The Rebirth of Omnichannel Sales and Service

Posted by Chad Goldsmith, Industry Principal - Retail Solutions, NetSuite

Is an omnichannel strategy still the relevant path for retailers seeking to deliver a seamless customer experience?

The term “omnichannel” has taken a few hits in the industry lately. But the backlash is borne of misunderstanding. Industry experts have muddied the definition by using the word to describe a need to provide customer personalization online and in the store. Retailers who made technology purchases to that end now understand one thing very clearly: no level of personalized service will matter much to a customer if she can’t reliably find out whether what she wants is available and whether she’ll receive it when she needs it.

Being present, responsive and available to your customers, wherever and whenever they shop, is still a very worthy goal. But the focus for retailers must be on making sure the customer gets what she wants – not simply convincing the customer that you have what she wants.

More than 90 percent of retailers believe that real-time inventory visibility across the enterprise is crucial to delivering seamless customer experiences, according to a report from RSR Research, Commerce Convergence: Closing the Gap Between Online and In-Store. Those who have experienced a stock-out in one channel, but have underutilized inventory in another, understand that the solution is not to actually unify channels, but erase them in the customer's eye.

At its core, a successful omnichannel strategy requires first attaining a single view of inventory. With that complete visibility, retailers can drive the experiences that customers expect.

The reality is that these consumer expectations – buy anywhere, return anywhere, buy online, pick-up in store – simply didn’t exist when retailers implemented the systems that manage their inventory. Their inventory data sits in silos, making it nearly impossible to access reliably and provide consistent experiences.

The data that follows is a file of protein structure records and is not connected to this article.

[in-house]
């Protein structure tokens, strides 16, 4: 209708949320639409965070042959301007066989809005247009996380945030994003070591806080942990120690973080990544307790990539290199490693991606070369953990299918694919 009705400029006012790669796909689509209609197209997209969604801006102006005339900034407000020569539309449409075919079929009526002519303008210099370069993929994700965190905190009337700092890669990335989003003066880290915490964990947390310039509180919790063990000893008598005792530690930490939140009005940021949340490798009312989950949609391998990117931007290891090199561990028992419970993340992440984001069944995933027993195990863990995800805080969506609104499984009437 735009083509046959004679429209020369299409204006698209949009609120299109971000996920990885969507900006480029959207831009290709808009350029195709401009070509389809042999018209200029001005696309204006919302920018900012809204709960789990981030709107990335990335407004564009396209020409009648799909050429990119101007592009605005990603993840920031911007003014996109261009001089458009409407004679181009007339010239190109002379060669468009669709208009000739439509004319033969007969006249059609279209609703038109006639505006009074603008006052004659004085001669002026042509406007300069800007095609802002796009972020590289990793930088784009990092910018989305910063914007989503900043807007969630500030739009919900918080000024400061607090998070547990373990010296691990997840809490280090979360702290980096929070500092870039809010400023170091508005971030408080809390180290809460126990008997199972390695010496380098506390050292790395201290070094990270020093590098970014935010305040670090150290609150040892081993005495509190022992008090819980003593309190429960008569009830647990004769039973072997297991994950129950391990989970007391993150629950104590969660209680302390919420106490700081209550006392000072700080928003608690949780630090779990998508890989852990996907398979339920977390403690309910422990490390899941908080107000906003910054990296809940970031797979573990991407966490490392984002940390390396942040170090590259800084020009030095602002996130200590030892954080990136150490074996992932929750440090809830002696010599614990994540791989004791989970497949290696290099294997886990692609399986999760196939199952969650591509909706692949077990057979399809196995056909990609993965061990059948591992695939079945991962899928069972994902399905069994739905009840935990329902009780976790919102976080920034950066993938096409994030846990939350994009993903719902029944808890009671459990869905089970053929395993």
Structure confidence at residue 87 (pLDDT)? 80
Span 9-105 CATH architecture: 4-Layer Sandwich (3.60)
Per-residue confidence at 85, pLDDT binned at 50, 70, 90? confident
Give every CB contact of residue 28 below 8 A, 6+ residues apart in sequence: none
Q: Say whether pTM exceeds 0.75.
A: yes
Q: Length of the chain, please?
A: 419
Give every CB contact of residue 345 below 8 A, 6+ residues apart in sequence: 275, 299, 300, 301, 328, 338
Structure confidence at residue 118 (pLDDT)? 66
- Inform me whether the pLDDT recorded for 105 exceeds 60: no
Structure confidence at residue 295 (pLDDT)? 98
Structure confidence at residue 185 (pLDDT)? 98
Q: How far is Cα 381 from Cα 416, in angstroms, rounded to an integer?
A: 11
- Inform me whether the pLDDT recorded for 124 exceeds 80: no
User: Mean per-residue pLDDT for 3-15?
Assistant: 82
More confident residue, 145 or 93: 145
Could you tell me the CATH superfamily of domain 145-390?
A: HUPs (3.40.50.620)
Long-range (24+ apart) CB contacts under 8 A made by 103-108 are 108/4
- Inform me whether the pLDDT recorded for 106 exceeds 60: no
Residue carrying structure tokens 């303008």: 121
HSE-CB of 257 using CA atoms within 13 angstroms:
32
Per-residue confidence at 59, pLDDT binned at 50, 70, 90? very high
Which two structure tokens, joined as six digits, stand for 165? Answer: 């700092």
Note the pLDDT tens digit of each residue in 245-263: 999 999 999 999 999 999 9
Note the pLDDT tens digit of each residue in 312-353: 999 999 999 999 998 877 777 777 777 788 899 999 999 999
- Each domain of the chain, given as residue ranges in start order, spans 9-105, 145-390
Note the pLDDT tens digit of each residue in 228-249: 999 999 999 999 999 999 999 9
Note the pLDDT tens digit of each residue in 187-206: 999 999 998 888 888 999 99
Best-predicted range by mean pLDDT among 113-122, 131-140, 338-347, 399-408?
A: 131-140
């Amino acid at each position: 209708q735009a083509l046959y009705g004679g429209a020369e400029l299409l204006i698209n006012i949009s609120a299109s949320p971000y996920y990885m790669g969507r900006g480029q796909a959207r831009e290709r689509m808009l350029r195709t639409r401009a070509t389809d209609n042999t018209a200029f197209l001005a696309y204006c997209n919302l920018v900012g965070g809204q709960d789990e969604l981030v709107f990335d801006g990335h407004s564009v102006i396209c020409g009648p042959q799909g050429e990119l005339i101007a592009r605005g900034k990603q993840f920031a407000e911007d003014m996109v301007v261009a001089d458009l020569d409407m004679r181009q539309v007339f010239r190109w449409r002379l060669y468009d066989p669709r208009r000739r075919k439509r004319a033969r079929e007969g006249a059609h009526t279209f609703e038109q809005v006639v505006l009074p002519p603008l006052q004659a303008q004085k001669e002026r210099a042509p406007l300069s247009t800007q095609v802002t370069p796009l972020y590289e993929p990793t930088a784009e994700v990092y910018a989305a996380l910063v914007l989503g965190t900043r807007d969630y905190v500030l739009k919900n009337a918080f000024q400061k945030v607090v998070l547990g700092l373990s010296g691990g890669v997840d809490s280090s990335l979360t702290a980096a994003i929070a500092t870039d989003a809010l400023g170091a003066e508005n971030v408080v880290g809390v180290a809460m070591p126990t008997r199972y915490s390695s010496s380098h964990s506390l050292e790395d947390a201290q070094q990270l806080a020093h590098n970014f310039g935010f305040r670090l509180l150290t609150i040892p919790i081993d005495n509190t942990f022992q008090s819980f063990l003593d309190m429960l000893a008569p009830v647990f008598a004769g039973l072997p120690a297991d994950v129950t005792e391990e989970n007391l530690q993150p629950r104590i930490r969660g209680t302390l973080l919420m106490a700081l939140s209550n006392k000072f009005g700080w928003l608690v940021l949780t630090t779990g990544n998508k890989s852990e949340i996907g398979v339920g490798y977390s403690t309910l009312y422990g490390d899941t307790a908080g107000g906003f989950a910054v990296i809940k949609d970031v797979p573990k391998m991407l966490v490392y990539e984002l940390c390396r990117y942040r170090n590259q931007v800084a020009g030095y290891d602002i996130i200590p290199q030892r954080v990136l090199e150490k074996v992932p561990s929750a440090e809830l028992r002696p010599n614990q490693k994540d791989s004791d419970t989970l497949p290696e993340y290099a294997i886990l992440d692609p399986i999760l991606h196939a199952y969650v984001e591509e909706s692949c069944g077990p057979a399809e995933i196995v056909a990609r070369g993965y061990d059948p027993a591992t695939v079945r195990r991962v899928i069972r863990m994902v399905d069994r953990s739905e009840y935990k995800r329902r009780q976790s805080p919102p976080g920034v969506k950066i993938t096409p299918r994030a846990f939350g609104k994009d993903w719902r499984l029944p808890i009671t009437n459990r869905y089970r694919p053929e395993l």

Retailers have in the past bought into the thinking that they can glue together the disparate, legacy systems they have in place with best-of-breed software to achieve omnichannel. But they’re now seeing that deploying quick-fix solutions to give the appearance of a unified omnichannel business doesn’t work. They’re starting to understand that their customer-facing issues are born of back-office ones. If the back-end is fragmented, there’s no way to deliver reliable data on the front-end.

To execute a seamless experience, retailers need to harmonize customer, order and inventory data on one platform that is integrated with customer-facing point of sale and ecommerce systems and available to customers and employees alike.

A unified system blurs channel distinctions, and removes major roadblocks to better sales and service. For instance, consider the dated practice of attributing sales separately to individual channels and departments. Competition between channels only inhibits a successful omnichannel strategy: one that allows the customer to buy anywhere and return anywhere. Not only are customers increasingly demanding this option, it’s a better method for retailers to present cross-sell and upsell offers.

Back-office enhancements also position retailers for quick-win projects that deliver strong ROI, such as advanced order management. Better orchestrating order fulfillment--for example, by shipping from the location closest to the customer--can provide huge cost savings for the retailer and drives better customer service and loyalty.

Customers want to buy products in the fastest, most reliable, most cost-efficient manner they can. With increased investments and an enterprise level view of inventory, retailers can achieve the order fulfilment goals that enhance sales and service. Retailers who fundamentally shift their thinking and investments to stop putting Band-Aids on their legacy systems, and instead focus on transforming them by gaining a single view of inventory will gain coveted, complete visibility into the customer’s buying journey.


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